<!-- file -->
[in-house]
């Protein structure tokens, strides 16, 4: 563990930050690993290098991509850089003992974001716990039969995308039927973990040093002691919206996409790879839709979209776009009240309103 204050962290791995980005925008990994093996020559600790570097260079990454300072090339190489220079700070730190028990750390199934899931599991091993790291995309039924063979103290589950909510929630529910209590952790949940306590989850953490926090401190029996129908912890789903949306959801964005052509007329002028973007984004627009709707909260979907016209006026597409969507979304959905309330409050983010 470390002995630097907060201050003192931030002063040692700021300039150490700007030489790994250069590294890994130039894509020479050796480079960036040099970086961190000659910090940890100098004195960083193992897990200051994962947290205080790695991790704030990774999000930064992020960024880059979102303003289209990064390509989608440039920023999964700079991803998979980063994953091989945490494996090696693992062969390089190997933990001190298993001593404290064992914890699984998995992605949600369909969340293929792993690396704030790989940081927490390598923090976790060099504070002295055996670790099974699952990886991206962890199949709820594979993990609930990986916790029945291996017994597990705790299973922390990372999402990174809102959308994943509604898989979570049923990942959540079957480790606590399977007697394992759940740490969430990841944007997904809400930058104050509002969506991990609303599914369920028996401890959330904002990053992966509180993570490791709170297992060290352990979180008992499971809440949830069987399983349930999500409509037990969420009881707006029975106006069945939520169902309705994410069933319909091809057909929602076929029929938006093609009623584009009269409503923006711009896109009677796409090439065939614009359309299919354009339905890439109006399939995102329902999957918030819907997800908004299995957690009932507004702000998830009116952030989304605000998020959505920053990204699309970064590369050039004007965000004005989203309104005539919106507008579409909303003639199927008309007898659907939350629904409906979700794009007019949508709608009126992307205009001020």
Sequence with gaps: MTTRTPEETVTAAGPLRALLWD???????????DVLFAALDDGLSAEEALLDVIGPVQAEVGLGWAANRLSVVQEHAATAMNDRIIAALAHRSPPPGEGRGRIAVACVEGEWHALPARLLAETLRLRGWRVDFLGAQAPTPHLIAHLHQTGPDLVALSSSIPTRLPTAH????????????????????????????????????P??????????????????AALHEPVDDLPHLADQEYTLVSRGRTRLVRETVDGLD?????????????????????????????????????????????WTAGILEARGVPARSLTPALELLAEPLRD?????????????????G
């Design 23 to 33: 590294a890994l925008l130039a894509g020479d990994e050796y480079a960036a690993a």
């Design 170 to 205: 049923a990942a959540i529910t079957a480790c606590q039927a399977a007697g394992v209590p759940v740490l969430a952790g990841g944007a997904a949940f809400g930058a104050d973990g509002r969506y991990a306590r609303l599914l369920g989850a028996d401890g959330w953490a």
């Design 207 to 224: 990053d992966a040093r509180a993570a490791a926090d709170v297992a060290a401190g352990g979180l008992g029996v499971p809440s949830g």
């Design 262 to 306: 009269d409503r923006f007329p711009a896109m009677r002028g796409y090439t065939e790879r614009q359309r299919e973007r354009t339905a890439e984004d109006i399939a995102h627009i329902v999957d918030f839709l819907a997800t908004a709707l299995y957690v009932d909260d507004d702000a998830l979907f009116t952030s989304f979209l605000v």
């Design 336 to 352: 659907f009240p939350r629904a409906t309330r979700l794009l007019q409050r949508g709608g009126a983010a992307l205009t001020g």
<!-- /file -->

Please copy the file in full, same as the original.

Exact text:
[in-house]
């Protein structure tokens, strides 16, 4: 563990930050690993290098991509850089003992974001716990039969995308039927973990040093002691919206996409790879839709979209776009009240309103 204050962290791995980005925008990994093996020559600790570097260079990454300072090339190489220079700070730190028990750390199934899931599991091993790291995309039924063979103290589950909510929630529910209590952790949940306590989850953490926090401190029996129908912890789903949306959801964005052509007329002028973007984004627009709707909260979907016209006026597409969507979304959905309330409050983010 470390002995630097907060201050003192931030002063040692700021300039150490700007030489790994250069590294890994130039894509020479050796480079960036040099970086961190000659910090940890100098004195960083193992897990200051994962947290205080790695991790704030990774999000930064992020960024880059979102303003289209990064390509989608440039920023999964700079991803998979980063994953091989945490494996090696693992062969390089190997933990001190298993001593404290064992914890699984998995992605949600369909969340293929792993690396704030790989940081927490390598923090976790060099504070002295055996670790099974699952990886991206962890199949709820594979993990609930990986916790029945291996017994597990705790299973922390990372999402990174809102959308994943509604898989979570049923990942959540079957480790606590399977007697394992759940740490969430990841944007997904809400930058104050509002969506991990609303599914369920028996401890959330904002990053992966509180993570490791709170297992060290352990979180008992499971809440949830069987399983349930999500409509037990969420009881707006029975106006069945939520169902309705994410069933319909091809057909929602076929029929938006093609009623584009009269409503923006711009896109009677796409090439065939614009359309299919354009339905890439109006399939995102329902999957918030819907997800908004299995957690009932507004702000998830009116952030989304605000998020959505920053990204699309970064590369050039004007965000004005989203309104005539919106507008579409909303003639199927008309007898659907939350629904409906979700794009007019949508709608009126992307205009001020």
Sequence with gaps: MTTRTPEETVTAAGPLRALLWD???????????DVLFAALDDGLSAEEALLDVIGPVQAEVGLGWAANRLSVVQEHAATAMNDRIIAALAHRSPPPGEGRGRIAVACVEGEWHALPARLLAETLRLRGWRVDFLGAQAPTPHLIAHLHQTGPDLVALSSSIPTRLPTAH????????????????????????????????????P??????????????????AALHEPVDDLPHLADQEYTLVSRGRTRLVRETVDGLD?????????????????????????????????????????????WTAGILEARGVPARSLTPALELLAEPLRD?????????????????G
């Design 23 to 33: 590294a890994l925008l130039a894509g020479d990994e050796y480079a960036a690993a």
């Design 170 to 205: 049923a990942a959540i529910t079957a480790c606590q039927a399977a007697g394992v209590p759940v740490l969430a952790g990841g944007a997904a949940f809400g930058a104050d973990g509002r969506y991990a306590r609303l599914l369920g989850a028996d401890g959330w953490a």
């Design 207 to 224: 990053d992966a040093r509180a993570a490791a926090d709170v297992a060290a401190g352990g979180l008992g029996v499971p809440s949830g």
């Design 262 to 306: 009269d409503r923006f007329p711009a896109m009677r002028g796409y090439t065939e790879r614009q359309r299919e973007r354009t339905a890439e984004d109006i399939a995102h627009i329902v999957d918030f839709l819907a997800t908004a709707l299995y957690v009932d909260d507004d702000a998830l979907f009116t952030s989304f979209l605000v």
């Design 336 to 352: 659907f009240p939350r629904a409906t309330r979700l794009l007019q409050r949508g709608g009126a983010a992307l205009t001020g």